Arctic, alpine and subalpine scrub habitats

    F2

    5-15 (#)

    5-15

    #

    Decline in lichens, bryophytes and evergreen shrubs

    Northern wet heath

    F4.11

     

     

     

     

     

  • 'U' Calluna-dominated wet heath (upland moorland)

     

  • F4.11e,h

    10-20 (#)

    10-20

    #

    Decreased heather dominance, decline in lichens and mosses, increase N leaching

     

  • 'L' Erica tetralixdominated wet heath (lowland)

     

     

  • F4.11e,h

    10-25 (#)

    10-20

    (#)

    Transition from heather to grass dominance

    Dry heaths

    F4.2 e; h

    10-20 ##

    10-20

    ##

    Transition from heather to grass dominance, decline in lichens, changes in plant biochemistry, increased sensitivity to abiotic stress

    Mediterranean scrub

    F5

     

    20-30

    (#)

    Change in plant species richness and community composition

    Forest habitats (G)

    Fagus woodland

    G1.6

     

    10-20

    (#)

    Changes in ground vegetation and mycorrhiza, nutrient imbalance, changes soil fauns

    Acidophilous Quercus-dominated woodland

    G1.8

     

    10-15

    (#)

    Decrease in mycorrhiza, loss of epiphytic lichens and bryophytes, changes in ground vegetation

    Meso- and eutrophicQuercus woodland

    G1.A

     

    15-20

    (#)

    Changes in ground vegetation

    Mediterranean evergreen (Quercus) woodland

    G2.1

     

    3-7

    (#)

    Changes in epiphytic lichens

     

     

     

     

     

     

    Abies and Piceawoodland

    G3.1

     

    10-15

    (#)

    Decreased biomass of fine roots, nutrient imbalance, decrease in mycorrhiza, changed soil fauna

    Pinus sylvestriswoodland south of the taiga

    G3.4

     

    5-15

    #

    Changes in ground vegetation and mycorrhiza, nutrient imbalances, increased N2O and NO emissions

    Pinus nigra woodland

    G3.5

     

    15

    (#)

    Ammonium accumulation

    Mediterranean Pinuswoodland

    G3.7

     

    3-15

    (#)

    Reduction in fine root biomass, shift in lichen community

    Spruce taiga woodland

    G3.A i

    10-20 #

    5-10

    ##

    Changes in ground vegetation, decrease in mycorrhiza, increase in free algae

    Pine taiga woodland

    G3.B i

    10-20 #

    5-10

    #

    Changes in ground vegetation and in mycorrhiza, increase occurrence of free algae

    Mixed taiga woodland with Betula

    G4.2

     

    5-8

    (#)

    Increased algal cover

    Mixed Abies-PiceaFagus woodland

    G4.6 j

     

    10-20

    (#)

     

    Overall

     

     

     

     

     

    Broadleaved deciduous woodland

    G1 k,l

    10-20 #

    10-20

    ##

    Changes in soil processes, nutrient imbalance, altered composition mycorrhiza and ground vegetation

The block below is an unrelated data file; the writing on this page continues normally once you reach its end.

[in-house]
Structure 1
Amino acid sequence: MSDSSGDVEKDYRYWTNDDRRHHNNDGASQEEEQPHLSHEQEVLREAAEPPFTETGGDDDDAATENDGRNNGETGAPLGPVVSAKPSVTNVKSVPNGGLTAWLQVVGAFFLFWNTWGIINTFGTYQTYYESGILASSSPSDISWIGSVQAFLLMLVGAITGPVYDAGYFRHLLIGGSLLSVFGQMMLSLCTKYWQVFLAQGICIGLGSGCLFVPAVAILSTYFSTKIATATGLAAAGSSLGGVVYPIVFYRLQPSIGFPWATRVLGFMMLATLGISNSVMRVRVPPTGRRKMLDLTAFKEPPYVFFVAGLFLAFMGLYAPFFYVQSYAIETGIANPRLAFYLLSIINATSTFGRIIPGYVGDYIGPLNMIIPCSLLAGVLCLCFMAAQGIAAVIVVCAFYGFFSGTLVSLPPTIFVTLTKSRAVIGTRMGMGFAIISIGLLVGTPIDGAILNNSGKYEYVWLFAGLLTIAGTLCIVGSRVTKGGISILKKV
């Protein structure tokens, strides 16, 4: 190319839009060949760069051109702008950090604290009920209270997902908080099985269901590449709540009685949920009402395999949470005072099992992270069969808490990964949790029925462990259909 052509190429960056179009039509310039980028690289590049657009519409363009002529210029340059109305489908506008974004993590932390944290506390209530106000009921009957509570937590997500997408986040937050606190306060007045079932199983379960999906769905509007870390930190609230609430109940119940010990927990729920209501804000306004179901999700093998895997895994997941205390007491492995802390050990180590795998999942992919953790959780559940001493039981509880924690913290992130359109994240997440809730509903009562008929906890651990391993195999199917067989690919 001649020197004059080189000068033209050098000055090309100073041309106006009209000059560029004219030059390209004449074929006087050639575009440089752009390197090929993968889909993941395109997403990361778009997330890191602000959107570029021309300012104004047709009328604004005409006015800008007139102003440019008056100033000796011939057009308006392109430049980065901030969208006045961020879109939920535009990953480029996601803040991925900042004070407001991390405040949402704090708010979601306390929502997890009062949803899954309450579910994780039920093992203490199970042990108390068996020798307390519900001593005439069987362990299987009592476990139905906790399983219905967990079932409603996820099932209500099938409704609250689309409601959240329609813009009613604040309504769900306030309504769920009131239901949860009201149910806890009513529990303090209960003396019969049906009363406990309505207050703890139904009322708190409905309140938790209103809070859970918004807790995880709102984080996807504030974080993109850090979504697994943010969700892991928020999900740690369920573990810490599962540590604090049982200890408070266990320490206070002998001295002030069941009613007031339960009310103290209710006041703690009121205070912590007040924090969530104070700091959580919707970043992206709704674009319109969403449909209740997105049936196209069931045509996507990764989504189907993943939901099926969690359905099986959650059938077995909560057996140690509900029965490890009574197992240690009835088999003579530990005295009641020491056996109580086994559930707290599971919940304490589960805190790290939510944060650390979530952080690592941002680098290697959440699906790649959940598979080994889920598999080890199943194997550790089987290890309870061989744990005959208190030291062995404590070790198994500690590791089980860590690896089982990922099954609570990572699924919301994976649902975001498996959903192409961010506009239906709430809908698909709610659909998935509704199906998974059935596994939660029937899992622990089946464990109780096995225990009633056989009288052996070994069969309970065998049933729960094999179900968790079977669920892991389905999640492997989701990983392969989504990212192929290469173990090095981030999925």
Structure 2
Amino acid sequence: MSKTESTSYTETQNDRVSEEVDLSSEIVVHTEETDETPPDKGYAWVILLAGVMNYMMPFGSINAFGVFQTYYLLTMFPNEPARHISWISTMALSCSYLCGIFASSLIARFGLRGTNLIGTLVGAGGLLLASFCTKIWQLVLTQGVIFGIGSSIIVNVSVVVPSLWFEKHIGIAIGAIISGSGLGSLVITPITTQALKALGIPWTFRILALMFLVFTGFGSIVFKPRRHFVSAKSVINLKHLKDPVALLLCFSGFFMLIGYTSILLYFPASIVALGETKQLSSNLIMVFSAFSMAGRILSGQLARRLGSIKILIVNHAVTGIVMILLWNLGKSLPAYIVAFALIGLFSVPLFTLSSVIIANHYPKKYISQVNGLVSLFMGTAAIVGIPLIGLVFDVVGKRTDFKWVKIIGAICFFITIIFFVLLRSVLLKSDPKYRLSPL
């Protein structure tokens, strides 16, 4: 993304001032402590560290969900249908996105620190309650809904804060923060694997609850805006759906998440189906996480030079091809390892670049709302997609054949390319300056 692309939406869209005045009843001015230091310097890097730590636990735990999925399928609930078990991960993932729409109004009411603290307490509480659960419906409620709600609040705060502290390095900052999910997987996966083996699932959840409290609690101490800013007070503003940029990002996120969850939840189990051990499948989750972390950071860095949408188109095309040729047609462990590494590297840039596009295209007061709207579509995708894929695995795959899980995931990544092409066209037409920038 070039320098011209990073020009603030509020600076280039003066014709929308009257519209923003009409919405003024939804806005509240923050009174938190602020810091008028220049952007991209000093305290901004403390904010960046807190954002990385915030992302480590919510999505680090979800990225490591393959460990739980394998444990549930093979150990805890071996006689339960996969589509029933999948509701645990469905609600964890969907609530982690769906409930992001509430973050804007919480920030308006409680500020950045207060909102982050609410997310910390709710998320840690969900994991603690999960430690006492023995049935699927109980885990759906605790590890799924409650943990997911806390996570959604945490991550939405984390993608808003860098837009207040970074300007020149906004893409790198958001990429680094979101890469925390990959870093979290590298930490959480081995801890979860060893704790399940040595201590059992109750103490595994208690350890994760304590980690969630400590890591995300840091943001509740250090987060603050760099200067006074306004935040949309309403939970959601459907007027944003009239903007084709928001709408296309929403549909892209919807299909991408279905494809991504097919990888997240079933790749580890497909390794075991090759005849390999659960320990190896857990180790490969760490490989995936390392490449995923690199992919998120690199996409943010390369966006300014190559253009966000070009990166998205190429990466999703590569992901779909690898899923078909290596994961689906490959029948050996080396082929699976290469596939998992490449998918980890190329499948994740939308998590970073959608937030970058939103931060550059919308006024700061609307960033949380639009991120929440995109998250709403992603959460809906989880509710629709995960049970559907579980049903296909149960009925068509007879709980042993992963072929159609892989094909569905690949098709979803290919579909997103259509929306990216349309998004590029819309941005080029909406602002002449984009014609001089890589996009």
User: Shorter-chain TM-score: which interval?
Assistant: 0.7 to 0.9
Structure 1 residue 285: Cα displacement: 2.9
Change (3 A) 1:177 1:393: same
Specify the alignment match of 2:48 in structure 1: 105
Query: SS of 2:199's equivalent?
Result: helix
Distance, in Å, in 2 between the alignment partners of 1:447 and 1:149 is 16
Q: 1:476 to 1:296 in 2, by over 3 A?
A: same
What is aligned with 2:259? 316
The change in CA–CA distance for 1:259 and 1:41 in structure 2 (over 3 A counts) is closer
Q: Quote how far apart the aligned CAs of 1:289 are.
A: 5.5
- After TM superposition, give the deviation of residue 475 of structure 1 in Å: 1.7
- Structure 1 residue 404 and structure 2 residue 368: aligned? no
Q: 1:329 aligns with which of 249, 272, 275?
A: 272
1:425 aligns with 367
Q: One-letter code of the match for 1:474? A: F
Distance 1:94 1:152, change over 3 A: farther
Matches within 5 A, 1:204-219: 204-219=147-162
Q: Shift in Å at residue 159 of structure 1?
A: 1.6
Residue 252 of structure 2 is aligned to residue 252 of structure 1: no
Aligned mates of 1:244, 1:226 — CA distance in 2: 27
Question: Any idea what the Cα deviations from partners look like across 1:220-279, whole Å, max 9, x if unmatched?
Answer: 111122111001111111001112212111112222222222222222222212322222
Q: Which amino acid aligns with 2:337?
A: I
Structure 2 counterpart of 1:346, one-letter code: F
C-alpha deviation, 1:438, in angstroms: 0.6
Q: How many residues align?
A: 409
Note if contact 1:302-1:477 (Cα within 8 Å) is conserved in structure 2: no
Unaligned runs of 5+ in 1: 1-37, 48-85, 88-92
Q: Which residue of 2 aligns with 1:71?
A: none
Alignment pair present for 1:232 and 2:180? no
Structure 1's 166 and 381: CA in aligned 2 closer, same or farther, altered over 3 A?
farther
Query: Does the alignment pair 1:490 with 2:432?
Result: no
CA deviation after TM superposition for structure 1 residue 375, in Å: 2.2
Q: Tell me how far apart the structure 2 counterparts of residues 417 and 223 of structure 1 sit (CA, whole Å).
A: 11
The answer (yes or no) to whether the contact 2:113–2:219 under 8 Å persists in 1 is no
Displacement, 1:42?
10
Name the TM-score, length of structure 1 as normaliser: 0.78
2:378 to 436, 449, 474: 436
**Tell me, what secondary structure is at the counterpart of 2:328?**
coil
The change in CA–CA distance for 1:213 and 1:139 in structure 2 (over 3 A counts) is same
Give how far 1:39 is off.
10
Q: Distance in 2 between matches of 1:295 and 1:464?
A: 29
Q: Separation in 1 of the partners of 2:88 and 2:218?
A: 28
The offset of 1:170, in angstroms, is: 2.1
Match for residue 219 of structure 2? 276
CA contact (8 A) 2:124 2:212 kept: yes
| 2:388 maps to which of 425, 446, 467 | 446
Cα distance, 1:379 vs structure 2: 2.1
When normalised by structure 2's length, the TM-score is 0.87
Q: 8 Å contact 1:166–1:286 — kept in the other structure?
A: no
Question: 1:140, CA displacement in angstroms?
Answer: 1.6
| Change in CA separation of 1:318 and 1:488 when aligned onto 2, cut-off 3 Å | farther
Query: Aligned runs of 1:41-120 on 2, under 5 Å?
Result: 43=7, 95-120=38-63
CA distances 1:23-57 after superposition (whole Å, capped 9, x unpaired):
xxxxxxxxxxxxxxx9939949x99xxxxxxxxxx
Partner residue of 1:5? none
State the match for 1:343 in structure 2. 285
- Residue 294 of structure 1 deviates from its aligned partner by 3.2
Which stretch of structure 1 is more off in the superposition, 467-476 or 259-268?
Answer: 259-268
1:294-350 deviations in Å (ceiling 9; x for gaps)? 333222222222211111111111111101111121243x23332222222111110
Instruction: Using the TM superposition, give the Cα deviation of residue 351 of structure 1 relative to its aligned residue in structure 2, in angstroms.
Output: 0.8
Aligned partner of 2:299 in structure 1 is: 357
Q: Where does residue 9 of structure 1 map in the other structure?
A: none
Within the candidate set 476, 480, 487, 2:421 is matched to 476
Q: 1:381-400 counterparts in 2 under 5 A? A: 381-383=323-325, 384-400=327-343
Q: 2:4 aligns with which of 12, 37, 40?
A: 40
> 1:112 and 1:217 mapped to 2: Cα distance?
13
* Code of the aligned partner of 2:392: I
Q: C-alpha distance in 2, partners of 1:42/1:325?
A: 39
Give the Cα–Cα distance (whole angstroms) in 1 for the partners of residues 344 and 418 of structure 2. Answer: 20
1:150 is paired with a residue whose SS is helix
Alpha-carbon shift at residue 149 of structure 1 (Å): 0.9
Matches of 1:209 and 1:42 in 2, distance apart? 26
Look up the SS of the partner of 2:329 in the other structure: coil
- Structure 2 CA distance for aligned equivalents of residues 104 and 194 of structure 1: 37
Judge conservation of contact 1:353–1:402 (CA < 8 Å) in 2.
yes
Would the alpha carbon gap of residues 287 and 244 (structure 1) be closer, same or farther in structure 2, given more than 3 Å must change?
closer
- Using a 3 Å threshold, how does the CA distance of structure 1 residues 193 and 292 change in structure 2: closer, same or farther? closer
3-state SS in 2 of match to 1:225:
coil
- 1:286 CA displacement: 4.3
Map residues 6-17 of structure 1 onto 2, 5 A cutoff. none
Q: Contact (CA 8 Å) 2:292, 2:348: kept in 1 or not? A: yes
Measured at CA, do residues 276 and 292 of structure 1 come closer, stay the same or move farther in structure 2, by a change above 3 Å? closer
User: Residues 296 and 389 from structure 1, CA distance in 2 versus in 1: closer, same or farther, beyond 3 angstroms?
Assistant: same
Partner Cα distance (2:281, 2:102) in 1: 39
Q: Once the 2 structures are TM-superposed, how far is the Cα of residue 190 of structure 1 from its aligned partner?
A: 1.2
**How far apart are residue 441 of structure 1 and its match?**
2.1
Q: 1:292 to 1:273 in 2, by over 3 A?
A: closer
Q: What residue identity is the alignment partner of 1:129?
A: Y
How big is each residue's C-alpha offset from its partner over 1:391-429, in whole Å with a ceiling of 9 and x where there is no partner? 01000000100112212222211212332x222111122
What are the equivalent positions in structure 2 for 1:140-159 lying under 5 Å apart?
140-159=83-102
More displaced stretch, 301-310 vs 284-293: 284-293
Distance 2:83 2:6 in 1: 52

Coniferous woodland

    G3 k,l

    10-20 #

    5-15

    ##

    Changes in soil processes, nutrient imbalance, altered composition mycorrhiza and ground vegetation

     

     

     

     

     

     

    a) For acid dunes, use the 8-10 kg N ha-1 yr-1 range, for calcareous dunes use the 10-15 kg ha-1 yr-1 range.

    b) Use the lower end of the range with low base availability; use the higher end of the range with high base availability.

    c) This critical load should only be applied to oligotrophic waters with low alkalinity with no significant agricultural or other human inputs. Use the lower end of the range for boreal and alpine lakes, use the higher end of the range for Atlantic softwaters.

    d) This critical load should only be applied top waters with low alkalinity with no significant agricultural or other direct human inputs. Use the lower end of the range for boreal and alpine dystrophic lakes.

    e) Use the high end of the range with high precipitation and the low end of the range with low precipitation; Use the low end of the range for systems with a low water table, and the high end of the range for systems with a high water table. Note that water table can be modified by management.

    f) For D2.1 (quaking fens and transition mires): use lower end of the range (#).

    g) For high latitude systems: use lower end of the range.

    h) Use the high end of the range when sod cutting has been practiced; use the lower end of the range with low intensity management.

    i) In 2003 presented as overall value for boreal forests.

    j) Included in studies which were classified into G1.6 and G3.1.

    k) In 2003 presented as overall value for temperate forests.

    l) For application at broad geographical scales.

    This page was accessed on Monday, November 12, 2018 20:38